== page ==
Zero Hour Contracts: Are They for You?

Zero Hours ContractsVery few working situations have received as much scrutiny as zero hour contracts in 2013.

After it emerged that Sports Direct hire the majority of their workers on a zero hour basis—with many worrying about the lack of security—the media and politicians were quick to attack them. Although these contracts are not for everyone, they do come with benefits as well as pitfalls.

Understanding more about these contracts can help you determine whether they are for you.

Zero Hour Contract Basics

A zero hour contract means you receive pay only for the hours you work. Some contracts are completely flexible, which means you can choose your hours. Other employers write in contractual obligations, but you will not benefit from sick days, maternity leave, or paid annual leave.

These contracts are typical of certain industries. You are most likely to find them in the pub, retail, tourist, events, and attractions industry. However, some niche industries use them also. Buckingham Palace and the Labour Party are also zero hour contract culprits.

As a zero hour worker, you have no guarantee of work, which means there is no real security.

Zero Hour Contract Statistics

As of August 2013, the latest statistics from the Office for National Statistics (ONS) was that 200,000 workers were existing on zero hour contracts. However, the Chartered Institute of Personnel Development (CIPD) claim that the ONS’ statistics are low.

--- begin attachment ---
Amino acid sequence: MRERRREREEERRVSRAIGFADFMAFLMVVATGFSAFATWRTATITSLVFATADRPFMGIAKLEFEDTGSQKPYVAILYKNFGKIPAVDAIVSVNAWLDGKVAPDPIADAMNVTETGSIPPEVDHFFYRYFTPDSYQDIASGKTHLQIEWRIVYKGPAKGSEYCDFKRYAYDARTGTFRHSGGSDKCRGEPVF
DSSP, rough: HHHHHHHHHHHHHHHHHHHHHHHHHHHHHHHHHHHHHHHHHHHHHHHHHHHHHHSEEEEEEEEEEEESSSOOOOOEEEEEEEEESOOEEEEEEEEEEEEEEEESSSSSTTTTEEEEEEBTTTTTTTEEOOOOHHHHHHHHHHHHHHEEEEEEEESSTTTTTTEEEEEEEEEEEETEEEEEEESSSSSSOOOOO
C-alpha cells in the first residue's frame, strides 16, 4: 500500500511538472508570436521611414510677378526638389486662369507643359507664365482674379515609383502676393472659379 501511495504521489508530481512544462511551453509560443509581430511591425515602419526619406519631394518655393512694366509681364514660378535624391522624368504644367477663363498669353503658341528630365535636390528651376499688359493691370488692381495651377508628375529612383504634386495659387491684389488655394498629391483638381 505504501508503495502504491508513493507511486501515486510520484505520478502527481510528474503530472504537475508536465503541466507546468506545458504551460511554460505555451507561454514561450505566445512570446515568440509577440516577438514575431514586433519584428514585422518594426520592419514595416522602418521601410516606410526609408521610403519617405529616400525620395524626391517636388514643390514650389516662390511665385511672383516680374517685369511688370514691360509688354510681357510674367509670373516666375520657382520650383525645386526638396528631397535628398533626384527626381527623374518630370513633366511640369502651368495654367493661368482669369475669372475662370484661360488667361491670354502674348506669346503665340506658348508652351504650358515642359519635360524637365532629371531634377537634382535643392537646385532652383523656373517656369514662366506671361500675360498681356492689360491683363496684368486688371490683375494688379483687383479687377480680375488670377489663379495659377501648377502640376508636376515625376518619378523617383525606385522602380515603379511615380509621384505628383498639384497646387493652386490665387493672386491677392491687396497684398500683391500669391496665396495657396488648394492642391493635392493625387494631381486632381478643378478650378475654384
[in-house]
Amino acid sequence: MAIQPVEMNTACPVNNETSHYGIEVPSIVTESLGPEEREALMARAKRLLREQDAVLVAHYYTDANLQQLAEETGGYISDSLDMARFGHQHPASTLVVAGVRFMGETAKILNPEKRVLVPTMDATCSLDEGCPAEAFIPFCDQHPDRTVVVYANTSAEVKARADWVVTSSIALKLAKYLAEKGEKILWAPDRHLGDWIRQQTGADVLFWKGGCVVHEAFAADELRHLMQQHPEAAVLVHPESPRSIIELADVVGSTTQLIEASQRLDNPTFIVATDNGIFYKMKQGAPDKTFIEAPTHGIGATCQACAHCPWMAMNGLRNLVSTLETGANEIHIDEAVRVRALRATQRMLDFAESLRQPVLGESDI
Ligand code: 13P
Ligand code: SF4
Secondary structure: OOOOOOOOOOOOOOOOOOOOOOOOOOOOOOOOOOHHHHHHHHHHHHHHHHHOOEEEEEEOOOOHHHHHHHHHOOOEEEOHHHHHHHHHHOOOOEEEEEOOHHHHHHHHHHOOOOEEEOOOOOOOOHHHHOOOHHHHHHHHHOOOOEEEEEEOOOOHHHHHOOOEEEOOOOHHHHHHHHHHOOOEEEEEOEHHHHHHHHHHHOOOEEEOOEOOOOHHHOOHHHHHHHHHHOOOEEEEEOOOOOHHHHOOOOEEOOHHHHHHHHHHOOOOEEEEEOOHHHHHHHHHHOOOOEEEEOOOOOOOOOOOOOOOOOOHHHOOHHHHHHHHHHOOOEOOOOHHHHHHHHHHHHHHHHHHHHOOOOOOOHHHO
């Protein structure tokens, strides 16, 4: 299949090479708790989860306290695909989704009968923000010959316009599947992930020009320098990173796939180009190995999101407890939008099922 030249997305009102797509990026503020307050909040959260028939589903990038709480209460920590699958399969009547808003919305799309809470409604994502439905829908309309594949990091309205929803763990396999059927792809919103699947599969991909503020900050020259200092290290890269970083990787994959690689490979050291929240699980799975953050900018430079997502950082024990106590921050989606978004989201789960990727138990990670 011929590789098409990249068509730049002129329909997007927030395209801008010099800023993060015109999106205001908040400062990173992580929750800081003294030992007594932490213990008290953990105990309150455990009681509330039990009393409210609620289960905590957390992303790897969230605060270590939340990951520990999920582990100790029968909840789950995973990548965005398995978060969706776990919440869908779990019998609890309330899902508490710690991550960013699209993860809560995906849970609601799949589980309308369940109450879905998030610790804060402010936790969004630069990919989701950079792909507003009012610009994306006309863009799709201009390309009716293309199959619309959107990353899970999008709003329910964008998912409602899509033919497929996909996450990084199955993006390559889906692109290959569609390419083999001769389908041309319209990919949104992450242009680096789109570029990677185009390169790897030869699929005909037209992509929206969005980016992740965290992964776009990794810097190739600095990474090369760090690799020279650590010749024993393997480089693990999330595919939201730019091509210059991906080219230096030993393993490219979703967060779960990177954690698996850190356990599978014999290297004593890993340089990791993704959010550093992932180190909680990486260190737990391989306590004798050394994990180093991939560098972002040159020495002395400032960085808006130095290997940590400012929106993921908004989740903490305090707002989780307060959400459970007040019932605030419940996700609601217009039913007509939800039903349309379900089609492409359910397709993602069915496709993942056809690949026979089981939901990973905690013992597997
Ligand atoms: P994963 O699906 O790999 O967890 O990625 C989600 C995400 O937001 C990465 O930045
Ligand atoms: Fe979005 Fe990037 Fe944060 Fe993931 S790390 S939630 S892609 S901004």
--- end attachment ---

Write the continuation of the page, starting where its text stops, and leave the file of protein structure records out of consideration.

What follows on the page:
According to the CIPD, around 1,000,000 people have zero hour contracts. Considering the number of large employees using these contracts, the CIPD’s estimation seems more appropriate.

Controversial Working Conditions

When implemented properly, these contracts do provide flexibility for employees.

However, many employers are taking advantage of employees with the terms they write into contracts. For example, some choose to make their employees sign a contract stating that they will not work elsewhere.

This naturally takes away the supposed flexibility that comes with zero hour working. Another controversy comes in the form of how these contracts cloak real unemployment statistics. While some claim that they are beneficial as they take people out of work, others claim that they disguise the real problem with 2013 unemployment.

A zero hour contract worker who receives no work from one week to the next is still classified as employed. This clouds the reality of UK employment and economic recovery.

Zero Hour Contracts: The Benefits

Zero hour contracts have caused a lot of controversy in the news lately.

Although they are not compatible with all lifestyles, there are some benefits to working as a zero hour contract employee. If you are a student, or you need part-time work on top of another job, you can reap the benefits that come with this type of contract. Examining them in full is a good way to determine whether this is the right working lifestyle for you.

Flexibility

You cannot deny that zero hour contracts come with a lot of flexibility. If you have a full working week free, you can work part-time hours. When other obligations crop up, you can cut down your hours to suit them.

This is useful for students, whose timetables often change at least once every six weeks. A zero hour contract can allow students to supplement their education with part-time work, without having to worry about missing lectures.

Similarly, if you work full-time but need part-time work to earn more money for Christmas, holidays, and birthdays, this type of contract allows you to get extra hours in.

Free Time on Your Terms